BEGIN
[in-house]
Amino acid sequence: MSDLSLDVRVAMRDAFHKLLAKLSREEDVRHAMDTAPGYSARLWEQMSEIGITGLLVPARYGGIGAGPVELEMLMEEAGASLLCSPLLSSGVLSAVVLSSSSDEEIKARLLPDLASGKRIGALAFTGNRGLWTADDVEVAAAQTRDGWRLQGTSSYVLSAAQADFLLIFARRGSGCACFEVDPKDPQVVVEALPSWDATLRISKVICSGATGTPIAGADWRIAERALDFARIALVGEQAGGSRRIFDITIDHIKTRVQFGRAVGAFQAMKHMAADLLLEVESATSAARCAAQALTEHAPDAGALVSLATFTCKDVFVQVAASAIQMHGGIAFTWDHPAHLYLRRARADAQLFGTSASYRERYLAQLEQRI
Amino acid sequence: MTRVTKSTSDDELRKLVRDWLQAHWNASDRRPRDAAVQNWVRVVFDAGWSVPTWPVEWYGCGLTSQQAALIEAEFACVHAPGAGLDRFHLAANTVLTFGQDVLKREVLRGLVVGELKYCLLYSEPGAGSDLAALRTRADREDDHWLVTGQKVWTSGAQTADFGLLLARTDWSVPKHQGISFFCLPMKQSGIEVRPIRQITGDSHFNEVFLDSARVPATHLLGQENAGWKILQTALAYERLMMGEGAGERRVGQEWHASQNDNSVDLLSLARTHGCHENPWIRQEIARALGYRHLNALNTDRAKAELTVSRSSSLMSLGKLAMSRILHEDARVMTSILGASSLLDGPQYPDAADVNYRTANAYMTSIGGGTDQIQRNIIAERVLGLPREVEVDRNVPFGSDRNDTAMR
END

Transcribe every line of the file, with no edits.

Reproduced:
[in-house]
Amino acid sequence: MSDLSLDVRVAMRDAFHKLLAKLSREEDVRHAMDTAPGYSARLWEQMSEIGITGLLVPARYGGIGAGPVELEMLMEEAGASLLCSPLLSSGVLSAVVLSSSSDEEIKARLLPDLASGKRIGALAFTGNRGLWTADDVEVAAAQTRDGWRLQGTSSYVLSAAQADFLLIFARRGSGCACFEVDPKDPQVVVEALPSWDATLRISKVICSGATGTPIAGADWRIAERALDFARIALVGEQAGGSRRIFDITIDHIKTRVQFGRAVGAFQAMKHMAADLLLEVESATSAARCAAQALTEHAPDAGALVSLATFTCKDVFVQVAASAIQMHGGIAFTWDHPAHLYLRRARADAQLFGTSASYRERYLAQLEQRI
Amino acid sequence: MTRVTKSTSDDELRKLVRDWLQAHWNASDRRPRDAAVQNWVRVVFDAGWSVPTWPVEWYGCGLTSQQAALIEAEFACVHAPGAGLDRFHLAANTVLTFGQDVLKREVLRGLVVGELKYCLLYSEPGAGSDLAALRTRADREDDHWLVTGQKVWTSGAQTADFGLLLARTDWSVPKHQGISFFCLPMKQSGIEVRPIRQITGDSHFNEVFLDSARVPATHLLGQENAGWKILQTALAYERLMMGEGAGERRVGQEWHASQNDNSVDLLSLARTHGCHENPWIRQEIARALGYRHLNALNTDRAKAELTVSRSSSLMSLGKLAMSRILHEDARVMTSILGASSLLDGPQYPDAADVNYRTANAYMTSIGGGTDQIQRNIIAERVLGLPREVEVDRNVPFGSDRNDTAMR